5:00 PM - EM2.7.03
Highly Quantum Yields and Low Concentration Quenching of Eu3+ Emission in Fluoroborate Glasses and Nanocrystallized Glasses
Kenji Shinozaki 1 , Tomoko Akai 1 , Tsuyoshi Honma 2 , Takayuki Komatsu 2
1 Inorganic Functional Materials Research Institute AIST Ikeda Japan, 2 Materials Science and Technology Nagaoka University of Technology Nagaoka JapanShow Abstract
Oxyfluoride glasses have received much attention as photoluminescent materials because of its low phonon energy and chemical stability. New oxyfluoride glasses of Eu2O3-doped 50BaF2-xAl2O3-(50-x)B2O3 (x=0-25) and yMgF2-(100-2y)BaO-yB2O3 (y=0-60) with high fluorine contents were prepared by using a conventional melt-quenching method. After heat-treatment on the glasses, optical non-linear fluoroborate nanocrystals (BaAlBO3F2, BaMgBO3F) were formed. The glass structure, optical and photoluminescence properties of the glasses and nanocrystallized glasses were investigated. The glasses and nanocrystallized glasses have deep UV cutoff wavelength and showed excellent red luminescence with high quantum yield and small concentration quenching, i.e. h=97 % for 1Eu2O3-doped and h=72 % for 10Eu2O3-doped 50BaF2-25Al2O3-25B2O3 glass at the excitation of l=396 nm. The new fluoroborate glasses and nanocrystallized glasses have a high potential for new phosphors with rare-earth ions.
5:15 PM - EM2.7.04
Luminous Eu(III) Complex Layer on Plasmonic Array—Directional Outcoupling of Photoluminescence via Excitation of Collective Plasmonic Modes
Shunsuke Murai 1 2 , Motoharu Saito 1 , Hiroyuki Sakamoto 1 , Ryosuke Kamakura 1 , Masanori Yamamoto 3 , Takayuki Nakanishi 3 , Koji Fujita 1 , Yasuchika Hasegawa 3 , Katsuhisa Tanaka 1
1 Kyoto University Kyoto Japan, 2 JST-PRESTO Saitama Japan, 3 Hokkaido University Hokkaido JapanShow Abstract
When metallic nanoparticles are arranged in a period comparable to the wavelength of light, light diffraction via the periodic structure can mediate the radiative coupling between the surface plasmon polaritons (SPPs) in neighboring nanoparticles. Consequently the SPPs in each nanoparticle oscillate in phase to provide a collective plasmonic mode. The coherent oscillation of SPPs yields a collective response that is stronger than the simple sum of each SPP.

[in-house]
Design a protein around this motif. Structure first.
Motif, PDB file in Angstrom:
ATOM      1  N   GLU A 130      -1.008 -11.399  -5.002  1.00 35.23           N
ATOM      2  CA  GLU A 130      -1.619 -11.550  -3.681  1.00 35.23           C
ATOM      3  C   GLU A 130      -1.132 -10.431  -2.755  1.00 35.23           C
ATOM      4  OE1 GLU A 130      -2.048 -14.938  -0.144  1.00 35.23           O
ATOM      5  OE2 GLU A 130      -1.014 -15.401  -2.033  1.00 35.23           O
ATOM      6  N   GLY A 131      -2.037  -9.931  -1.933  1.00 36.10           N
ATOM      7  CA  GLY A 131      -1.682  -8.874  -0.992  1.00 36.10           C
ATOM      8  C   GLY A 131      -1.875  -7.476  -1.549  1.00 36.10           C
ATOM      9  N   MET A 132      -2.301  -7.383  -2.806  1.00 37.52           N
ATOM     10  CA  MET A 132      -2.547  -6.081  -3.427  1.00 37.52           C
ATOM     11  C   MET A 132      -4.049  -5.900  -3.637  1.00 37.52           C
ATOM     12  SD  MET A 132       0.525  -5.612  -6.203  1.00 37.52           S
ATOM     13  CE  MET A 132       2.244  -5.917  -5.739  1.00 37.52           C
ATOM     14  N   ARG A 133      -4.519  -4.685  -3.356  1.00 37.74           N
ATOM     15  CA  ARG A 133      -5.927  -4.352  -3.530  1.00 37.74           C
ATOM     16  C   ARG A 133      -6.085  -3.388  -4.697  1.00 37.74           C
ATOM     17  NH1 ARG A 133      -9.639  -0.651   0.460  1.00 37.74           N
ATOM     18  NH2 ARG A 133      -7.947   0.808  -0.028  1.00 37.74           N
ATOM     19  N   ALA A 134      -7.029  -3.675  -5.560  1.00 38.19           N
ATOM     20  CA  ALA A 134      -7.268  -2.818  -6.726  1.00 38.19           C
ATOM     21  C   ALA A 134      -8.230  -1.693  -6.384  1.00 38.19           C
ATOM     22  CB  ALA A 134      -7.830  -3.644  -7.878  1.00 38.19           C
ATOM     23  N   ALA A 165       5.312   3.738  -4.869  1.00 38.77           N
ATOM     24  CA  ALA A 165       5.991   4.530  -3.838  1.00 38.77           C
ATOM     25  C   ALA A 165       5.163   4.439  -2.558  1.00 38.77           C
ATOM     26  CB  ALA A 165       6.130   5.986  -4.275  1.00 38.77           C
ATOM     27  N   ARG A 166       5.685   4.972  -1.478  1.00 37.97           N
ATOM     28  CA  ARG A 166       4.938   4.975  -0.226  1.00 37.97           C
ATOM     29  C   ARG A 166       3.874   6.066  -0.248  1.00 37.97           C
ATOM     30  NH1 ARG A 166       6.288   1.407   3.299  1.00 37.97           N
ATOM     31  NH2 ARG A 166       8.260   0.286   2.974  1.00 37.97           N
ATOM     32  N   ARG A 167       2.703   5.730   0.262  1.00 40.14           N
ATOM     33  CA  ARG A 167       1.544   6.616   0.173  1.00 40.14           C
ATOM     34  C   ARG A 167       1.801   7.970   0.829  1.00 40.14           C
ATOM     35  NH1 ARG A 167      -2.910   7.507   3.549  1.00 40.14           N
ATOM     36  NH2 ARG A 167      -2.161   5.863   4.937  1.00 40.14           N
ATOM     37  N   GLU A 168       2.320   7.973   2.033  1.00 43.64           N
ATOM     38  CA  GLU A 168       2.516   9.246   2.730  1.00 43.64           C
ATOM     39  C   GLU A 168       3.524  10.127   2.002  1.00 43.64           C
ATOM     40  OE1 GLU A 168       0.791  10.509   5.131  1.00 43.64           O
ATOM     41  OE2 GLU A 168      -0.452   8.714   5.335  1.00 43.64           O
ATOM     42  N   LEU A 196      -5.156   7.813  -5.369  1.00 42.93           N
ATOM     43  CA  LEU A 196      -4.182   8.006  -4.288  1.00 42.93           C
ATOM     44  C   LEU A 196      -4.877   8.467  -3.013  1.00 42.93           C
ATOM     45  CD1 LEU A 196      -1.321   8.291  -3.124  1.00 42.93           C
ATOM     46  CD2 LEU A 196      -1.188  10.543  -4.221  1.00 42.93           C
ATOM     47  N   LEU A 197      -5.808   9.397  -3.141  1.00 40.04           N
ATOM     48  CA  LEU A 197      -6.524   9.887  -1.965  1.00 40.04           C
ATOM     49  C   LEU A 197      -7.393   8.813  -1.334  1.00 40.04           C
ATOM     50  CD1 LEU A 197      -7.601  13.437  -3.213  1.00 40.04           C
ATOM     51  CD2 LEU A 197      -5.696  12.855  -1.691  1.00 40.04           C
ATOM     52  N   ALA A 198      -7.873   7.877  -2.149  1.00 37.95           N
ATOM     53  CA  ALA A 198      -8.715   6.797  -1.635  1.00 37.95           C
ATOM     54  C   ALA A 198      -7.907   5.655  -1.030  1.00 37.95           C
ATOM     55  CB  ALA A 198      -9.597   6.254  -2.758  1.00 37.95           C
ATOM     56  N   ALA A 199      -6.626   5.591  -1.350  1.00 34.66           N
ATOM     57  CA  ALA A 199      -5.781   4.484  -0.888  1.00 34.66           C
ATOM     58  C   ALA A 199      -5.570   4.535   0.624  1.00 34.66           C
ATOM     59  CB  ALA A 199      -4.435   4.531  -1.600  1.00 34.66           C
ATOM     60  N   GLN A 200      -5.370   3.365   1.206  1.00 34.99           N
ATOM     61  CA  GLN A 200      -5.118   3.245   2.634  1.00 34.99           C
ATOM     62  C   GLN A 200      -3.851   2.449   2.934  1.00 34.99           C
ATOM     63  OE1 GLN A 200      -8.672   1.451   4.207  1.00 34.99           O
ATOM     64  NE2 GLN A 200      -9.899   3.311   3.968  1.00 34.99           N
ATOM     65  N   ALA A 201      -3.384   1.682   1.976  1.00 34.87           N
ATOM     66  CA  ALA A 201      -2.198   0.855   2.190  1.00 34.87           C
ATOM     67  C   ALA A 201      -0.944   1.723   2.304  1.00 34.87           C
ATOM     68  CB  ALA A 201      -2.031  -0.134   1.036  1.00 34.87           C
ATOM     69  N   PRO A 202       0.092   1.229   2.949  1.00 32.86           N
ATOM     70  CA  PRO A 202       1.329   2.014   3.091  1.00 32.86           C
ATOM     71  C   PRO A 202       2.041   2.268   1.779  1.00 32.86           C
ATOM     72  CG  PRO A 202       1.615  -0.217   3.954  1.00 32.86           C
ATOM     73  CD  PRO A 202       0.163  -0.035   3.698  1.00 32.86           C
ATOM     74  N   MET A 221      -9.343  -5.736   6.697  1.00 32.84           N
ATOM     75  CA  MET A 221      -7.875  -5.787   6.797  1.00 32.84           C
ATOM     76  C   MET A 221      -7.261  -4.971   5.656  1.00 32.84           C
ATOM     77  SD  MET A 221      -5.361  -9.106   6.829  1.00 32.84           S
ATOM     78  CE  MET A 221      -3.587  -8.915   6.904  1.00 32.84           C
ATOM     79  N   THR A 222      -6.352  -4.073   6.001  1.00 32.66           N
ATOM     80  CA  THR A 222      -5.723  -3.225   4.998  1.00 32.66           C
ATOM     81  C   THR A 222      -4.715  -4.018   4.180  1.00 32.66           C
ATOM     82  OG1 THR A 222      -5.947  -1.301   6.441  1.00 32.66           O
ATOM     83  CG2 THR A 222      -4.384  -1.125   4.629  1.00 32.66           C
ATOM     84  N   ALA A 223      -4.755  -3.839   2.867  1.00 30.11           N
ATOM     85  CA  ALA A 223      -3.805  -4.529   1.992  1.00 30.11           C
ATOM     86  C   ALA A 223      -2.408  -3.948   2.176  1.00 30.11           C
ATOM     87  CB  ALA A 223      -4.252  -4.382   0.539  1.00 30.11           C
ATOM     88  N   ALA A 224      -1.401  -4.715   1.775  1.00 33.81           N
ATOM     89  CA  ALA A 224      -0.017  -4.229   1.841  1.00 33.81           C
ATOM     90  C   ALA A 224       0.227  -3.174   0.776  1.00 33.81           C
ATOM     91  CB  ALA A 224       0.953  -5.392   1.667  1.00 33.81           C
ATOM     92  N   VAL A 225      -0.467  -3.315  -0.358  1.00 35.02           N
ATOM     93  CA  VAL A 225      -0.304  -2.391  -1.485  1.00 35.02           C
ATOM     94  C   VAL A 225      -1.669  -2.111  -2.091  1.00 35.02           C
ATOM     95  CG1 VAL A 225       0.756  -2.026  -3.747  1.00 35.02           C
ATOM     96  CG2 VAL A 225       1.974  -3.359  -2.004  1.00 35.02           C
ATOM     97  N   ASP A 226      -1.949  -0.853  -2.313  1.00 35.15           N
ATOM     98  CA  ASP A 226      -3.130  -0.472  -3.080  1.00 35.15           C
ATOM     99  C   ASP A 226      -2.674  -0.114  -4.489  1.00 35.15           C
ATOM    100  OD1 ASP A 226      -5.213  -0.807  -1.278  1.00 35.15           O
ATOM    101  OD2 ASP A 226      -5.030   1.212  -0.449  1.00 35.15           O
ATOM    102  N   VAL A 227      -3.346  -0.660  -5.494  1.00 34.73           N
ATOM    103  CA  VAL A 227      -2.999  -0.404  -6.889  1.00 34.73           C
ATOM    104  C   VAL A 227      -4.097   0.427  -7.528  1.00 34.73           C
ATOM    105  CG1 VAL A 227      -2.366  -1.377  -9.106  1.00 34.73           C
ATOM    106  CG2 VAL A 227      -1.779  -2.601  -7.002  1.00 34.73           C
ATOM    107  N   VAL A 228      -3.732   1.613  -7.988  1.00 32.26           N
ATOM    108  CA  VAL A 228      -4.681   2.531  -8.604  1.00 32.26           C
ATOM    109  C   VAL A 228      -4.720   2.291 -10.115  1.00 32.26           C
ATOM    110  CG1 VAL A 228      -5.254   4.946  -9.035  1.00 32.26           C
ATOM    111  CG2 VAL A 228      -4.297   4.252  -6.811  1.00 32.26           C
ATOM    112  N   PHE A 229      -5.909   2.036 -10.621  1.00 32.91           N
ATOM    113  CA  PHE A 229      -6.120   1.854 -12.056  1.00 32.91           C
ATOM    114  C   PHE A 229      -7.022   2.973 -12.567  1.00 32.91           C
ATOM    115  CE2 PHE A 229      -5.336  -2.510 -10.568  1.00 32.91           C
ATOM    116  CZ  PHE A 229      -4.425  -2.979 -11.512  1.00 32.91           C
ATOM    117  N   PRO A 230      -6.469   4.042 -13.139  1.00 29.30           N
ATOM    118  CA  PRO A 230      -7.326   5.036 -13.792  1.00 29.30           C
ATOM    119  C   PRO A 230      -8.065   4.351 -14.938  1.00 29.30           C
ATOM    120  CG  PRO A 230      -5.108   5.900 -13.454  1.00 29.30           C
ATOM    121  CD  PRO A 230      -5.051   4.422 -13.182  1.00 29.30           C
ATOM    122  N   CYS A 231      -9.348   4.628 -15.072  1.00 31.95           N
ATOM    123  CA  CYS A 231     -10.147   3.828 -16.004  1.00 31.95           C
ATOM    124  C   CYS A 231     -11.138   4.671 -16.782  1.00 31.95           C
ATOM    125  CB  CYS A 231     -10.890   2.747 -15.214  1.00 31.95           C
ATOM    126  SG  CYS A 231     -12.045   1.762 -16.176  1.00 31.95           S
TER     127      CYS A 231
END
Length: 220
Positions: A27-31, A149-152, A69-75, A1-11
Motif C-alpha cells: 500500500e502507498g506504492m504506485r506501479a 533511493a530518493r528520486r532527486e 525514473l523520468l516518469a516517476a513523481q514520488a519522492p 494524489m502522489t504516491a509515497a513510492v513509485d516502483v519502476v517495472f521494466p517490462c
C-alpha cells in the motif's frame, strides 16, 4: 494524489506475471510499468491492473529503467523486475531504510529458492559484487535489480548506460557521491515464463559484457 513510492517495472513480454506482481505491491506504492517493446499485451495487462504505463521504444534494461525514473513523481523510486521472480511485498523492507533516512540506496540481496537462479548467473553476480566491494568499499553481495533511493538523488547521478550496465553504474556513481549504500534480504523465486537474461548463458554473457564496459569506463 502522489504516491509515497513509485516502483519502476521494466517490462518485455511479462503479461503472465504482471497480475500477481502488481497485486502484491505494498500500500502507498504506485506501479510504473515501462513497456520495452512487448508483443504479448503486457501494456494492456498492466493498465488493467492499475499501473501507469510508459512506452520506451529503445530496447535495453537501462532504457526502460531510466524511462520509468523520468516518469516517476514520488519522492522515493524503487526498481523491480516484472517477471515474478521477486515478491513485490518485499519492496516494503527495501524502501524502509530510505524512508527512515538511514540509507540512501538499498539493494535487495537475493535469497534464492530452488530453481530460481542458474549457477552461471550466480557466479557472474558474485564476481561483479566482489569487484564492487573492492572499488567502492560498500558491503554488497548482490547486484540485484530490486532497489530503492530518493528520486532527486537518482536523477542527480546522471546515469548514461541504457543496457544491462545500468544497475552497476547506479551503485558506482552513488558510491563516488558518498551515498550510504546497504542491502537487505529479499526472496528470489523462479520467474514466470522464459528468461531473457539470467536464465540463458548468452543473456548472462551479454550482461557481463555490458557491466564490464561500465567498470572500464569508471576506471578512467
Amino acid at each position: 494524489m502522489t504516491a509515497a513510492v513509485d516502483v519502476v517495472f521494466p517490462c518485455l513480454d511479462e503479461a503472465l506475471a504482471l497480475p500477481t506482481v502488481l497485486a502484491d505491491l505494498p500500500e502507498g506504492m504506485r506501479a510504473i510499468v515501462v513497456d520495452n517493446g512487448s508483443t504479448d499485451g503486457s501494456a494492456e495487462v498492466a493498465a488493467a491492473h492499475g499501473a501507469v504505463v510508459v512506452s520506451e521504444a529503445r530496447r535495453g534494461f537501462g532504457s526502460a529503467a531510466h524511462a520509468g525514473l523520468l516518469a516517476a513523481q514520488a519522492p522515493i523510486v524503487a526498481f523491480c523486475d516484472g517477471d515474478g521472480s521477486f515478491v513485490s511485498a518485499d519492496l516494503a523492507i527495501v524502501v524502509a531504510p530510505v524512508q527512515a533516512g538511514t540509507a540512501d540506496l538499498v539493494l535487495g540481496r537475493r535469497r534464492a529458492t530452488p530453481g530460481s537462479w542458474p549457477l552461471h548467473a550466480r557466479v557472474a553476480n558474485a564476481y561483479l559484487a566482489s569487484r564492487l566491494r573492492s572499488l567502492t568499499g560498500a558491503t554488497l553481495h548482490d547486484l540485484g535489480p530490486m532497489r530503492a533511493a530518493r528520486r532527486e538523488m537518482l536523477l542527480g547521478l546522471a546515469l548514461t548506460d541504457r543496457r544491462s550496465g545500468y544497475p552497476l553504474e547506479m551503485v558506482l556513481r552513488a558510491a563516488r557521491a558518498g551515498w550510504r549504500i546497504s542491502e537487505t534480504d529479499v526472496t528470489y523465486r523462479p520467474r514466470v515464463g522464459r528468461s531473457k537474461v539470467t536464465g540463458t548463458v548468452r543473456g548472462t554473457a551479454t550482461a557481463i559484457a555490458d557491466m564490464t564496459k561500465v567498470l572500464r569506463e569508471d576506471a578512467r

The distinctive difference of the collective modes from an isolated SPP is the field distribution. While an SPP is a localized mode bound on the metallic surface, these modes accompany the electric field that extends to the neighboring nanoparticles. From the viewpoint of efficient use of light, such plasmonic array is a good platform for light management: the light energy is efficiently trapped in the plane of the array and/or the dielectric layer and can be utilized as energy for further reactions. These collective modes have proven useful for surface enhanced Raman scattering (SERS), intensified fluorescence, and to increase the efficiency of solar cell applications owing to their characteristic field distributions.
In the present study, we examined directionally enhanced photoluminescence (PL) from a phosphor layer coupled to a plasmonic array. Highly luminous Eu (III) complex with a high quantum yield, a large Stokes shift, and a long fluorescence lifetime was selected as an emission center. PL enhancement as large as 5 times occurs at the emission angles and wavelengths corresponding to the excitation conditions of collective plasmonic mode. We also demonstrated the tuning of emission direction by the pitch of the array.
S. R. K. Rodriguez, S. Murai, M. A. Verschuuren, and J. Gómez Rivas, Phys. Rev. Lett. 109, 166803 (2012).
S. Murai, M. A. Verschuuren, G. Lozano, G. Pirruccio, S. R. K. Rodriguez, and J. Gómez Rivas, Opt. Express 21 4250–4262 (2013).
G. Lozano, D. J. Louwers, S.R.K. Rodríguez, S. Murai, O.T.A. Jansen, M. A Verschuuren, and J. Gómez Rivas, Light: Sci. Appl. 2, e66 (2013).
EM2.8: Poster Session II: Rare- Earths in Advanced Photonics and Spintronics
Tuesday PM, November 29, 2016
Hynes, Level 1, Hall B
9:00 PM - EM2.8.01
Fabrication of Ce(OH)2Cl Film; Turn-Off Fluorescence Detector of Oxometalate Ion
Min-Hee Kim 1 , Hyunsub Kim 1 , Song-Ho Byeon 1
1 Department of Applied Chemistry, College of Applied Science Kyung-Hee University Yongin-si,Gyeonggi-do Korea (the Republic of)Show Abstract